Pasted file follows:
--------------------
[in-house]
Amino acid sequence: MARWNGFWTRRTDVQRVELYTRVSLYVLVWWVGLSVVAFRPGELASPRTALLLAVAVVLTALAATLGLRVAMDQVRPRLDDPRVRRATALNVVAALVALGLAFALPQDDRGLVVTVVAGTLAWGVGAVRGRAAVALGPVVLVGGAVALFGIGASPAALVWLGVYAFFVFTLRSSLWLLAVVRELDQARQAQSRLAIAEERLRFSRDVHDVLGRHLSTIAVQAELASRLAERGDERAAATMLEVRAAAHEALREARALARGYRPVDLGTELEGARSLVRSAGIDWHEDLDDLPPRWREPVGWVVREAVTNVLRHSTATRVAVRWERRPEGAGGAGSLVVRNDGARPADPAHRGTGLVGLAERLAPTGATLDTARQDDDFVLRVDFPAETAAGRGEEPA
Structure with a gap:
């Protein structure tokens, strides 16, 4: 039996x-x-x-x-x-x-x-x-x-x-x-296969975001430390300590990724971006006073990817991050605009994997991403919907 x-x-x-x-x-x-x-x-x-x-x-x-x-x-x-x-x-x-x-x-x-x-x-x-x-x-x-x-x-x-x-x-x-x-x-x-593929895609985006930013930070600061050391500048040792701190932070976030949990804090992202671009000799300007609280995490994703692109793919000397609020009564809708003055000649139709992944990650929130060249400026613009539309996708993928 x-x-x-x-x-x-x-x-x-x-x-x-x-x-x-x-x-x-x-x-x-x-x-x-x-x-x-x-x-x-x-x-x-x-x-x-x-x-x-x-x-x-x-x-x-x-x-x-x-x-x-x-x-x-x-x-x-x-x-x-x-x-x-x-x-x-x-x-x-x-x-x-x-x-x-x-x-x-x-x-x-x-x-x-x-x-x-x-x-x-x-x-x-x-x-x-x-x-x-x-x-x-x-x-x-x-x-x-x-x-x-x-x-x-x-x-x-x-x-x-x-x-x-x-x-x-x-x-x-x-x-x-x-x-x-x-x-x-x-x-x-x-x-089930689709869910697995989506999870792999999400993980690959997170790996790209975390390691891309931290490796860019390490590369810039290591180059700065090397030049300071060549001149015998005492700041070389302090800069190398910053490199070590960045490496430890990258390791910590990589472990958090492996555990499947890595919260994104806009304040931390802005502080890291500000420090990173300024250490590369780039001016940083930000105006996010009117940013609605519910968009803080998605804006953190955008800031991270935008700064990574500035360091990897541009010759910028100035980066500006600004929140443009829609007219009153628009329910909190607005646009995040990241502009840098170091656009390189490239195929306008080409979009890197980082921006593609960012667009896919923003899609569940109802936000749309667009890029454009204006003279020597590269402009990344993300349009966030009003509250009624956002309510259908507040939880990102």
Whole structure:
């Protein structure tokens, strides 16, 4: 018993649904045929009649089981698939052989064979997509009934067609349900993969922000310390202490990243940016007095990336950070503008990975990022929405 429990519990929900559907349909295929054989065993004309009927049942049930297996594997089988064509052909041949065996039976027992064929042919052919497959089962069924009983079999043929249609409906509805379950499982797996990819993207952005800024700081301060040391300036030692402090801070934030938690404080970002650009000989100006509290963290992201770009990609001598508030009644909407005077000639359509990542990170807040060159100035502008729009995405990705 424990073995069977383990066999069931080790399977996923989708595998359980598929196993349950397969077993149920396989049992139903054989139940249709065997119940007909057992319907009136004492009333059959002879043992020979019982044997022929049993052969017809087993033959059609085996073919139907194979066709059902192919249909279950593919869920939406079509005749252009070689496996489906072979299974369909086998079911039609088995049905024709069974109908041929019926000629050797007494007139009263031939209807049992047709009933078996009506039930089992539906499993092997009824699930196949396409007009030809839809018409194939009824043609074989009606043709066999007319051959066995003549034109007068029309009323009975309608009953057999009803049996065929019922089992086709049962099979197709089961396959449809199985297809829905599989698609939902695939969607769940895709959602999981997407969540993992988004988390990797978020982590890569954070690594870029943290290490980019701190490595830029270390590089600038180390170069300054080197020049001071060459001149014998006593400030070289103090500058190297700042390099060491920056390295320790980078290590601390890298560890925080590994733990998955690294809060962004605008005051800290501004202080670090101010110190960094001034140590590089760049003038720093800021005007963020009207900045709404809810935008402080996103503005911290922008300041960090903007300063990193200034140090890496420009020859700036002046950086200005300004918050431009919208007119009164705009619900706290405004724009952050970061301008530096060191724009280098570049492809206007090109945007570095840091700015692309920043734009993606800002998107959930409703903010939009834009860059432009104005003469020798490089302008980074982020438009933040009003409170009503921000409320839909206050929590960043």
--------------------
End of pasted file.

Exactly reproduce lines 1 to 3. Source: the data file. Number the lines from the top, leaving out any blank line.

[in-house]
Amino acid sequence: MARWNGFWTRRTDVQRVELYTRVSLYVLVWWVGLSVVAFRPGELASPRTALLLAVAVVLTALAATLGLRVAMDQVRPRLDDPRVRRATALNVVAALVALGLAFALPQDDRGLVVTVVAGTLAWGVGAVRGRAAVALGPVVLVGGAVALFGIGASPAALVWLGVYAFFVFTLRSSLWLLAVVRELDQARQAQSRLAIAEERLRFSRDVHDVLGRHLSTIAVQAELASRLAERGDERAAATMLEVRAAAHEALREARALARGYRPVDLGTELEGARSLVRSAGIDWHEDLDDLPPRWREPVGWVVREAVTNVLRHSTATRVAVRWERRPEGAGGAGSLVVRNDGARPADPAHRGTGLVGLAERLAPTGATLDTARQDDDFVLRVDFPAETAAGRGEEPA
Structure with a gap: